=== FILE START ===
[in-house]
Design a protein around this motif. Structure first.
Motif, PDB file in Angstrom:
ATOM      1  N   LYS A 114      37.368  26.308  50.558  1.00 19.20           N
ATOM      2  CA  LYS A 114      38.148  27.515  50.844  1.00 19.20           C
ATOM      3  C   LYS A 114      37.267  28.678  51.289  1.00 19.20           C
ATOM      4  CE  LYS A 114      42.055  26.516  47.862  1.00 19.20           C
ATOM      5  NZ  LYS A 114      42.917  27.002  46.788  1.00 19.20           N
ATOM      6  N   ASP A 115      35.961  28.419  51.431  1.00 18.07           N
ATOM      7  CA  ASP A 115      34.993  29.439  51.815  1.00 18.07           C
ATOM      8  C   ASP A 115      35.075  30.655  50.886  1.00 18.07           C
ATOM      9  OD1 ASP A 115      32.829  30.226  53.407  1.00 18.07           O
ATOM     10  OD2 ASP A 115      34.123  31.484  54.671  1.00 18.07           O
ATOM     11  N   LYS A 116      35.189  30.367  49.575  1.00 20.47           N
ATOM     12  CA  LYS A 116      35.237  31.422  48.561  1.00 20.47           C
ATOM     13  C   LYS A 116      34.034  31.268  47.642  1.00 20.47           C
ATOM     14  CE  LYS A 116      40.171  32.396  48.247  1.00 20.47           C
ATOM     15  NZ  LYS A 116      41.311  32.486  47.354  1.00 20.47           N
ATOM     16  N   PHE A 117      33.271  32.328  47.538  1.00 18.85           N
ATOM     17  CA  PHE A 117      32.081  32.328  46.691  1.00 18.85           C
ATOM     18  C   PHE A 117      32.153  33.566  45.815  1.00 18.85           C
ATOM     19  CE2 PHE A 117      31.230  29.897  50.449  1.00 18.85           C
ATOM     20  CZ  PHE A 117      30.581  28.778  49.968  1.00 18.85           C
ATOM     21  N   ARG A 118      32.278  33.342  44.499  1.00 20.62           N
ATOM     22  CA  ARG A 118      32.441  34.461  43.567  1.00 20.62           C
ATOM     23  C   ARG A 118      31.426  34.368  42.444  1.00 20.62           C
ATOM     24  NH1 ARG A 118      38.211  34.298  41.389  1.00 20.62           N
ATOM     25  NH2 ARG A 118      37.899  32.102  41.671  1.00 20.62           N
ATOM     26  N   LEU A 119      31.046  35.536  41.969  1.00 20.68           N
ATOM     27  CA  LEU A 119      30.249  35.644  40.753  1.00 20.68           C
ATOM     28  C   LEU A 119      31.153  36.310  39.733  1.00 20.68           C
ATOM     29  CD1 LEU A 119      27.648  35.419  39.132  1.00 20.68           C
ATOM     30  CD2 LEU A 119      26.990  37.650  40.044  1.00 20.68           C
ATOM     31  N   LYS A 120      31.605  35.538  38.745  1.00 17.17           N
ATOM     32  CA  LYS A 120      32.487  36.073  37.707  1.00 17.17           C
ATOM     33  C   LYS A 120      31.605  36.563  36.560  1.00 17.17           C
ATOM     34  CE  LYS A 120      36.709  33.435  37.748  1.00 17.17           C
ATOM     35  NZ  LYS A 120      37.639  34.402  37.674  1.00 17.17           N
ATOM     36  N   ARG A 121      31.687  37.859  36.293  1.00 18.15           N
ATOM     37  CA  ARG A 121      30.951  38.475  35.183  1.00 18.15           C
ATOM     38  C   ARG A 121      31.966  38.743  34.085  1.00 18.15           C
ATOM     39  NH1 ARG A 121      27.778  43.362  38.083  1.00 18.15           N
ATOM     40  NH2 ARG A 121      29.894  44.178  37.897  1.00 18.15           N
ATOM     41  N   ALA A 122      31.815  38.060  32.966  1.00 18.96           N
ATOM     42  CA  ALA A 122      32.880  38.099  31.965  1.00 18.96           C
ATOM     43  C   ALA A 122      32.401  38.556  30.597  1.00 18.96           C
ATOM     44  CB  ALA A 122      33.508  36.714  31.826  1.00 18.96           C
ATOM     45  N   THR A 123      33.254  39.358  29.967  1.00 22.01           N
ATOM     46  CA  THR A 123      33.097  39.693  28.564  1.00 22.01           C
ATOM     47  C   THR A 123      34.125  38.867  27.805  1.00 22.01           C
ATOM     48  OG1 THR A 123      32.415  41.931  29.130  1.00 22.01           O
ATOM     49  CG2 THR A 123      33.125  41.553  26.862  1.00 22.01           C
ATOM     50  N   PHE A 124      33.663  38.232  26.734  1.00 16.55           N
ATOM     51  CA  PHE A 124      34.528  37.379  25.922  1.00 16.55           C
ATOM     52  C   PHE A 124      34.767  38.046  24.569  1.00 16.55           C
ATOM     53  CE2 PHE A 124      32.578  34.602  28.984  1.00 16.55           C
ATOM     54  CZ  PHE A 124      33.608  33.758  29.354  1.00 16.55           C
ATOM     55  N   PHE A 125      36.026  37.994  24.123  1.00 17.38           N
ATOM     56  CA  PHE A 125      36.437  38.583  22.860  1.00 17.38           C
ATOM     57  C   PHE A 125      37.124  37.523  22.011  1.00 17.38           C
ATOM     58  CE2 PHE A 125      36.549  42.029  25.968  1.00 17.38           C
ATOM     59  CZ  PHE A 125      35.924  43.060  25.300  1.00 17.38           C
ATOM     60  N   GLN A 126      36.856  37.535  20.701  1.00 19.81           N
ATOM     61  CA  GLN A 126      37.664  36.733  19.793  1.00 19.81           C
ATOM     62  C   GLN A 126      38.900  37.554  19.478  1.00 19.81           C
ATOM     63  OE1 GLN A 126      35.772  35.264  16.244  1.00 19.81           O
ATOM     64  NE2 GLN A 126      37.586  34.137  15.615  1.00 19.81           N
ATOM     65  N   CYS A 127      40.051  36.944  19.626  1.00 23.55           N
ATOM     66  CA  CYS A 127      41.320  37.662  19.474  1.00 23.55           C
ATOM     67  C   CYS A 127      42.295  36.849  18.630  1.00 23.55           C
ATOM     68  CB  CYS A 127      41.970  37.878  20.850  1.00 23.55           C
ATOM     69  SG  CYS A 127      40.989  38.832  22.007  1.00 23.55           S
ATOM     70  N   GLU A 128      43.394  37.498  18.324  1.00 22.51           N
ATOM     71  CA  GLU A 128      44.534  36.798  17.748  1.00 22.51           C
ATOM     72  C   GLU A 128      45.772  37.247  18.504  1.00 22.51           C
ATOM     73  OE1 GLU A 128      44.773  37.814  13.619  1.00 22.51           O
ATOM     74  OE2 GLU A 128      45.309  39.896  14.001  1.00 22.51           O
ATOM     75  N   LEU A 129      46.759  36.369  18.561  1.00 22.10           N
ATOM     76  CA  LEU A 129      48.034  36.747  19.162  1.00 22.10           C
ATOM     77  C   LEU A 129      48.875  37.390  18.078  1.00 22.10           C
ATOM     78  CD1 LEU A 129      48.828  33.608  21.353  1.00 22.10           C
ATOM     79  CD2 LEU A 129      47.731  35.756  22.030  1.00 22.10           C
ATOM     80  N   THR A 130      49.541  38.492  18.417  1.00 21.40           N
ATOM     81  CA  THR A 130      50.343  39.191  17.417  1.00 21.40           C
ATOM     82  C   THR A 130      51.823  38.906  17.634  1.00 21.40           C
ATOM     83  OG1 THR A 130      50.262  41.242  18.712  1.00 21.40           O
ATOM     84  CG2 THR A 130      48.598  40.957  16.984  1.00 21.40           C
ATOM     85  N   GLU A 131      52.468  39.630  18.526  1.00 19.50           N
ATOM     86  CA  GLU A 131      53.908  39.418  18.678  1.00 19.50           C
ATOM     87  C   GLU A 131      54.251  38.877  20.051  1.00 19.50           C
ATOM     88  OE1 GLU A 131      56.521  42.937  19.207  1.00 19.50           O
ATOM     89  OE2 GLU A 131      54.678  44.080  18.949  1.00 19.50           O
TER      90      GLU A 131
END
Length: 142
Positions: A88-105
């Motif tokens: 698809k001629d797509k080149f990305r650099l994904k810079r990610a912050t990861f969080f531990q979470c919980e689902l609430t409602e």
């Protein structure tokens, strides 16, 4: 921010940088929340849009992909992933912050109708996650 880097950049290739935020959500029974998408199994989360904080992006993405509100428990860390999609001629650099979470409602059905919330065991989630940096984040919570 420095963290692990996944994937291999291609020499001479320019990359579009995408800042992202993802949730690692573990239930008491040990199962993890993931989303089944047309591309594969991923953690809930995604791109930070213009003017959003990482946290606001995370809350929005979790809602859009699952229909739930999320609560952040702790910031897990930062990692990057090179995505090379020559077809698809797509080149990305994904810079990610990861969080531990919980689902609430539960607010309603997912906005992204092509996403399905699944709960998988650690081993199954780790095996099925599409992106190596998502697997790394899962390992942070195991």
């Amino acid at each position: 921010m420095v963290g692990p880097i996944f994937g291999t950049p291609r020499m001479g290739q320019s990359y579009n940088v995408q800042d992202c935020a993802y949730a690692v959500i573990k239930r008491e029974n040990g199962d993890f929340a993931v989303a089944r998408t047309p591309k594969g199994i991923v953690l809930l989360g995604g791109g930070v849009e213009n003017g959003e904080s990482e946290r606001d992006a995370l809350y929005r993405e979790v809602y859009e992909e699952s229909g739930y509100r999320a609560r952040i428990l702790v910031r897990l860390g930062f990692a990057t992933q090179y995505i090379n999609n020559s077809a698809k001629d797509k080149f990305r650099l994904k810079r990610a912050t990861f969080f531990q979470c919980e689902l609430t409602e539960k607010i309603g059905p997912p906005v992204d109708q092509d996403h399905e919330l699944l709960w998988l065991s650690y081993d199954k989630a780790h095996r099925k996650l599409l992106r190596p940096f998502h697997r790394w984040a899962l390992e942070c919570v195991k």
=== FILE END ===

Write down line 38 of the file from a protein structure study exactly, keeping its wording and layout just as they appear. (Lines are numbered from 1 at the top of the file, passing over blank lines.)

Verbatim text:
ATOM     35  NZ  LYS A 120      37.639  34.402  37.674  1.00 17.17           N